But taken together, the Body of Christ has apostles and prophets and healers and leaders. God has designed us different but complementary so that as we work together the Body of Christ grows and Christ’s ministry continues.

On Sunday morning I preach and pray, but Saturday night someone else spent the night here with our families experiencing homelessness. Throughout the week I study and offer pastoral care while someone else counts the milk money and delivers it to the shelter for youth experiencing homelessness. I may be able to talk someone down from suicide but I can’t write a big check to the church.

But when I do my thing and you do your thing, the Body grows and the ministry continues.

Paul accounts for this design because “we were all baptized into one body, and all made to drink of one Spirit.” Jesus was also baptized in the Spirit, and it was only after his baptism that he began his ministry “filled with the power of the Spirit.”

He taught in the synagogues and people praised him. He read Isaiah’s vision that someone would come anointed by God’s Spirit to bring good news to the poor, release to the captives, sight to the blind, freedom to the oppressed, and proclaiming the year of God’s favor. Then he said, “Today this scripture is fulfilled in your hearing.”

It was fulfilled because Jesus had come. He was the fulfillment of Isaiah’s vision—back then and in his day. Today we are the Body of Christ. Today this scripture is fulfilled in OUR hearing, if indeed we hear. If, in the power of the Spirit, we work together as the Body of Christ, not necessarily liking everything but still loving the church, giving ourselves to that which we love.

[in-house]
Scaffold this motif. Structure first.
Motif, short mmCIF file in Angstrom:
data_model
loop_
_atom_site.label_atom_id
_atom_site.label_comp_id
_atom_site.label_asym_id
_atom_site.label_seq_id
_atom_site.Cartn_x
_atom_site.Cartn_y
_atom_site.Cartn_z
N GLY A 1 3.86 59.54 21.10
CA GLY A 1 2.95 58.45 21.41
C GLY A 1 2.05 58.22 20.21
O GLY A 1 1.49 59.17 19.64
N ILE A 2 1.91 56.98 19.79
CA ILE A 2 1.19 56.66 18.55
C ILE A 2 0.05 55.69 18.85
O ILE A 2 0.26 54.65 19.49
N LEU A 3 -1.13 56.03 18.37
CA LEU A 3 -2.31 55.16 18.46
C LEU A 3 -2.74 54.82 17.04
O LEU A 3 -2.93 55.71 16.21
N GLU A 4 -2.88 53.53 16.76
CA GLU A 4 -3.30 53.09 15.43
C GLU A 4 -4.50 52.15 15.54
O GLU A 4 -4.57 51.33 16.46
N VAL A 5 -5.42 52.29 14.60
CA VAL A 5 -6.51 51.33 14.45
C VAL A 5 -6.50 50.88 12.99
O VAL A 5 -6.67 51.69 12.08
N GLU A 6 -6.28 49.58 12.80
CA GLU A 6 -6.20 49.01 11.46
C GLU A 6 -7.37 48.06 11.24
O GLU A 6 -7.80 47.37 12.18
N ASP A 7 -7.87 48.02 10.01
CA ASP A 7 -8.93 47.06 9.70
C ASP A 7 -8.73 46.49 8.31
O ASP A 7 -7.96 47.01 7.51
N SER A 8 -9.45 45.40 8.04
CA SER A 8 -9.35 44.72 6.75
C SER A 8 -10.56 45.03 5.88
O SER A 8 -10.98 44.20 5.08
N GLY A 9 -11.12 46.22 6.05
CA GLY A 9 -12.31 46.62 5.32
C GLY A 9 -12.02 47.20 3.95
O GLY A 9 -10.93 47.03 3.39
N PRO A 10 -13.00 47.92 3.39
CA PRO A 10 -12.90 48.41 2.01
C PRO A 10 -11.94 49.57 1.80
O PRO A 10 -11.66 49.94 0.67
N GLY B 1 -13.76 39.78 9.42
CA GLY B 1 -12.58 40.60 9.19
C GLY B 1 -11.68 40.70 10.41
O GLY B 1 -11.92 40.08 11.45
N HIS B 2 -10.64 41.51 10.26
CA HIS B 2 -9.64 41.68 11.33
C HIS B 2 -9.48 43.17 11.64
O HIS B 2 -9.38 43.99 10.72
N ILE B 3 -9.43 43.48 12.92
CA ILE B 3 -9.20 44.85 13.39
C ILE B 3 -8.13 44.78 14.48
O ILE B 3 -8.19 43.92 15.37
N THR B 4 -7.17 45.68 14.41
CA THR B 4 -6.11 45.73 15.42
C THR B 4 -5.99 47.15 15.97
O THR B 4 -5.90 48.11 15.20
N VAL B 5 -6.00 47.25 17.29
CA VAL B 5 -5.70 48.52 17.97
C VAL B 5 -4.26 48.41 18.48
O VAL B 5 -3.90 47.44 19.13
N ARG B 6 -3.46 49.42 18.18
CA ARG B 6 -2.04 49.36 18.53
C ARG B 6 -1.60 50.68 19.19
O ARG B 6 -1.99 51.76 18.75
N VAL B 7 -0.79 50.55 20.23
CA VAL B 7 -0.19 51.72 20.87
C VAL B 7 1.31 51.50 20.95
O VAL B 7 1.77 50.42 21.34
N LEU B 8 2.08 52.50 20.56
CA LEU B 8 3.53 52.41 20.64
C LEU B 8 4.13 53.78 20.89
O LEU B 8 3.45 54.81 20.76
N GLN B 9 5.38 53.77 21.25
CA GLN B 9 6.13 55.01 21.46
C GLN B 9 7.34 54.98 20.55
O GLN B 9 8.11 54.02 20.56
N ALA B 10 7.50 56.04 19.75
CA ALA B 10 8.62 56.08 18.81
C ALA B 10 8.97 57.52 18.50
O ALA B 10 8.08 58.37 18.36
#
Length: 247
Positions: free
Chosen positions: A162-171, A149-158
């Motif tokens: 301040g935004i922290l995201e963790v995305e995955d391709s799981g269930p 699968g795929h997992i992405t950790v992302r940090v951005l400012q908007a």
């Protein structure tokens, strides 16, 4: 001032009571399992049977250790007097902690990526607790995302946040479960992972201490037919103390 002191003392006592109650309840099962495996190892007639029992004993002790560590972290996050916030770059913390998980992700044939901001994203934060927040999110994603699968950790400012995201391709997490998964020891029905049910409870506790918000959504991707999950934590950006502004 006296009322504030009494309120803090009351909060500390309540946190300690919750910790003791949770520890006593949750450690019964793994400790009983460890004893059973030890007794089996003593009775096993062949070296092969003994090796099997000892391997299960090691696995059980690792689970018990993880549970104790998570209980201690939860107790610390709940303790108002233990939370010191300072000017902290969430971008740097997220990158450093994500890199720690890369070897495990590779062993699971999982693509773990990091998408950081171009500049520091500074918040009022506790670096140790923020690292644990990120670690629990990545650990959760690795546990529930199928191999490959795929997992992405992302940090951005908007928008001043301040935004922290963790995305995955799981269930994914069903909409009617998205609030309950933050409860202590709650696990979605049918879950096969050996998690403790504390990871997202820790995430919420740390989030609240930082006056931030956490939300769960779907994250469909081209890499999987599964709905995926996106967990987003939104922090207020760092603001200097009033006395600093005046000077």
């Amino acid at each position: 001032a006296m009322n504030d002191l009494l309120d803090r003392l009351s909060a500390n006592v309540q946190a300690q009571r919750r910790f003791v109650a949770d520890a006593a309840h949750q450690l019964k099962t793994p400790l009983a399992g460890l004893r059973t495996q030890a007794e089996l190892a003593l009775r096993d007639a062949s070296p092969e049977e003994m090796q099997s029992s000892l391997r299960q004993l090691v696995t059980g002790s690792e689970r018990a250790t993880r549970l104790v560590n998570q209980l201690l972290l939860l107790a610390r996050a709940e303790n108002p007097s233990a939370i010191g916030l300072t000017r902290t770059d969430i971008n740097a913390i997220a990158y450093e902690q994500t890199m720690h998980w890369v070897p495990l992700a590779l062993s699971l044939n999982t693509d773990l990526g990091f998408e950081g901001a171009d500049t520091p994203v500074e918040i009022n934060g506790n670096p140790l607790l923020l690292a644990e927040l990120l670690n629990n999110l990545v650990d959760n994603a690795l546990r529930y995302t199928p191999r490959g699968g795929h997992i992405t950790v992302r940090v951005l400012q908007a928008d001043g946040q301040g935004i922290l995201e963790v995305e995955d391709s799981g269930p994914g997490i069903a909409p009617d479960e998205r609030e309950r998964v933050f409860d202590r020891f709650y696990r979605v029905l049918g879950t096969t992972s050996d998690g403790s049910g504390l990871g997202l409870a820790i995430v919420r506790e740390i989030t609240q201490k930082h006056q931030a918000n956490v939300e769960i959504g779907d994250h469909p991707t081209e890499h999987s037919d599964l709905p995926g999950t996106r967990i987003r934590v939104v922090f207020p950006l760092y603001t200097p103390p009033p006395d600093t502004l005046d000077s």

If by this same Spirit the scriptures are fulfilled in OUR hearing, we will be good news to the poor on the other side of the tracks and on the other side of the border. Jesus and Paul taught that this occurs by the Spirit of baptism, so remember your baptism and pray for the Spirit.

Where can you bring the Body of Christ? Jesus did in his small home town. Paul did in Corinth. You can bring the Body to school, to work, and to Faith Church.

Jesus and Paul discerned their calling in prayer and worship. You also can find your way in and with the church today.

Jesus and Paul took their guidance from scripture and the tradition. You also can align your life with these testimonies and become yourself a living epistle, a living Word of God.

One of the ways we become the Body of Christ is to receive the Body of Christ, remembering Christ’s example. This is why we come to the Lord’s Table each week, to “behold what we are, and become what we receive” in the words of Augustine.

So remember your baptism and pray for the Spirit. The church needs you. For in the words of Teresa of Avila:

Christ has no body now on earth but yours; no hands but yours; no feet but yours. Yours are the eyes through which the compassion of Christ must look out on the world. Yours are the feet with which he is to go about doing good. Yours are the hands with which he is to bless his people.